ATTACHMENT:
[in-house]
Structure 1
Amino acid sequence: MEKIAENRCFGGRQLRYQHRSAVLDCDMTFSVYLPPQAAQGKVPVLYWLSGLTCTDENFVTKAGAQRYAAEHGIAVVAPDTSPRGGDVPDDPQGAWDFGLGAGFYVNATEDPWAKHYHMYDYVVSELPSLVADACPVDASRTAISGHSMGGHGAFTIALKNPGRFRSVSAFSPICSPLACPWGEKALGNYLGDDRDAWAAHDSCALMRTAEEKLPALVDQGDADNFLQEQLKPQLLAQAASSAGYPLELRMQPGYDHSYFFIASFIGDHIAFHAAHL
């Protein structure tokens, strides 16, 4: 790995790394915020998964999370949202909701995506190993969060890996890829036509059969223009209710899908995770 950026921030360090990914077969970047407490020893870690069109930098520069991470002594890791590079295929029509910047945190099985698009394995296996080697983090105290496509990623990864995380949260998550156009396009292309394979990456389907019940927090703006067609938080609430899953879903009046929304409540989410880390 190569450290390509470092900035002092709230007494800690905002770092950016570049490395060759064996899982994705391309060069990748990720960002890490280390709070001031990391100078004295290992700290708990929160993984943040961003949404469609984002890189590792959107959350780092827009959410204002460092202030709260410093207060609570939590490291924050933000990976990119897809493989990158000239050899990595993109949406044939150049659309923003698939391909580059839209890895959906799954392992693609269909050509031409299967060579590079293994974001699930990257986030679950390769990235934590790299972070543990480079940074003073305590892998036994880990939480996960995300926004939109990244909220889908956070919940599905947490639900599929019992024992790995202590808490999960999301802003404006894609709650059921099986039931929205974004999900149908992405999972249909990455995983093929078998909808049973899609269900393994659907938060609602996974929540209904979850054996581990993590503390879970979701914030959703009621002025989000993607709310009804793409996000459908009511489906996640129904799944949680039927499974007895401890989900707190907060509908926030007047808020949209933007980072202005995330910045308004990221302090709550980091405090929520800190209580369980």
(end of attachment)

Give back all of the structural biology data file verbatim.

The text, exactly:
[in-house]
Structure 1
Amino acid sequence: MEKIAENRCFGGRQLRYQHRSAVLDCDMTFSVYLPPQAAQGKVPVLYWLSGLTCTDENFVTKAGAQRYAAEHGIAVVAPDTSPRGGDVPDDPQGAWDFGLGAGFYVNATEDPWAKHYHMYDYVVSELPSLVADACPVDASRTAISGHSMGGHGAFTIALKNPGRFRSVSAFSPICSPLACPWGEKALGNYLGDDRDAWAAHDSCALMRTAEEKLPALVDQGDADNFLQEQLKPQLLAQAASSAGYPLELRMQPGYDHSYFFIASFIGDHIAFHAAHL
């Protein structure tokens, strides 16, 4: 790995790394915020998964999370949202909701995506190993969060890996890829036509059969223009209710899908995770 950026921030360090990914077969970047407490020893870690069109930098520069991470002594890791590079295929029509910047945190099985698009394995296996080697983090105290496509990623990864995380949260998550156009396009292309394979990456389907019940927090703006067609938080609430899953879903009046929304409540989410880390 190569450290390509470092900035002092709230007494800690905002770092950016570049490395060759064996899982994705391309060069990748990720960002890490280390709070001031990391100078004295290992700290708990929160993984943040961003949404469609984002890189590792959107959350780092827009959410204002460092202030709260410093207060609570939590490291924050933000990976990119897809493989990158000239050899990595993109949406044939150049659309923003698939391909580059839209890895959906799954392992693609269909050509031409299967060579590079293994974001699930990257986030679950390769990235934590790299972070543990480079940074003073305590892998036994880990939480996960995300926004939109990244909220889908956070919940599905947490639900599929019992024992790995202590808490999960999301802003404006894609709650059921099986039931929205974004999900149908992405999972249909990455995983093929078998909808049973899609269900393994659907938060609602996974929540209904979850054996581990993590503390879970979701914030959703009621002025989000993607709310009804793409996000459908009511489906996640129904799944949680039927499974007895401890989900707190907060509908926030007047808020949209933007980072202005995330910045308004990221302090709550980091405090929520800190209580369980």